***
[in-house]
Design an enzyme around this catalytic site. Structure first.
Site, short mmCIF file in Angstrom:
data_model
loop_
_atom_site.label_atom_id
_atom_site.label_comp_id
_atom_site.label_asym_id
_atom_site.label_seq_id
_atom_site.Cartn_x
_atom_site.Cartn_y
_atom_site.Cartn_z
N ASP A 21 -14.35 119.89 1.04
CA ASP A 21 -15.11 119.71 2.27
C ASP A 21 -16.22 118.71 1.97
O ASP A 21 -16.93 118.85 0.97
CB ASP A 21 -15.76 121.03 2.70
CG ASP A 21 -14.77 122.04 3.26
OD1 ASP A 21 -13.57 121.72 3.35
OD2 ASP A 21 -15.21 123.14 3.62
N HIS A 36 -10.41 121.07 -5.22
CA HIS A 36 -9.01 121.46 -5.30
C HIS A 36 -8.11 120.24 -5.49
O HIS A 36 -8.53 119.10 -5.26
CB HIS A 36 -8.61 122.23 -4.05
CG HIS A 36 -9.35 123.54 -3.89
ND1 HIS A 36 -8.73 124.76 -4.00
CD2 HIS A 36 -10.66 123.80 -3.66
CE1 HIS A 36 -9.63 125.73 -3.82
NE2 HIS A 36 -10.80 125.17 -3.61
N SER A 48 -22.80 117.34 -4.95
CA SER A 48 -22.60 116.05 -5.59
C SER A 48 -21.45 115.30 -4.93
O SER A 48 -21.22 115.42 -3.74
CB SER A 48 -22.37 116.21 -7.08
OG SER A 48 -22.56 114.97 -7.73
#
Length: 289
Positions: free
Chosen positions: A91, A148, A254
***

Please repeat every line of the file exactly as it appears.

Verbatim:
[in-house]
Design an enzyme around this catalytic site. Structure first.
Site, short mmCIF file in Angstrom:
data_model
loop_
_atom_site.label_atom_id
_atom_site.label_comp_id
_atom_site.label_asym_id
_atom_site.label_seq_id
_atom_site.Cartn_x
_atom_site.Cartn_y
_atom_site.Cartn_z
N ASP A 21 -14.35 119.89 1.04
CA ASP A 21 -15.11 119.71 2.27
C ASP A 21 -16.22 118.71 1.97
O ASP A 21 -16.93 118.85 0.97
CB ASP A 21 -15.76 121.03 2.70
CG ASP A 21 -14.77 122.04 3.26
OD1 ASP A 21 -13.57 121.72 3.35
OD2 ASP A 21 -15.21 123.14 3.62
N HIS A 36 -10.41 121.07 -5.22
CA HIS A 36 -9.01 121.46 -5.30
C HIS A 36 -8.11 120.24 -5.49
O HIS A 36 -8.53 119.10 -5.26
CB HIS A 36 -8.61 122.23 -4.05
CG HIS A 36 -9.35 123.54 -3.89
ND1 HIS A 36 -8.73 124.76 -4.00
CD2 HIS A 36 -10.66 123.80 -3.66
CE1 HIS A 36 -9.63 125.73 -3.82
NE2 HIS A 36 -10.80 125.17 -3.61
N SER A 48 -22.80 117.34 -4.95
CA SER A 48 -22.60 116.05 -5.59
C SER A 48 -21.45 115.30 -4.93
O SER A 48 -21.22 115.42 -3.74
CB SER A 48 -22.37 116.21 -7.08
OG SER A 48 -22.56 114.97 -7.73
#
Length: 289
Positions: free
Chosen positions: A91, A148, A254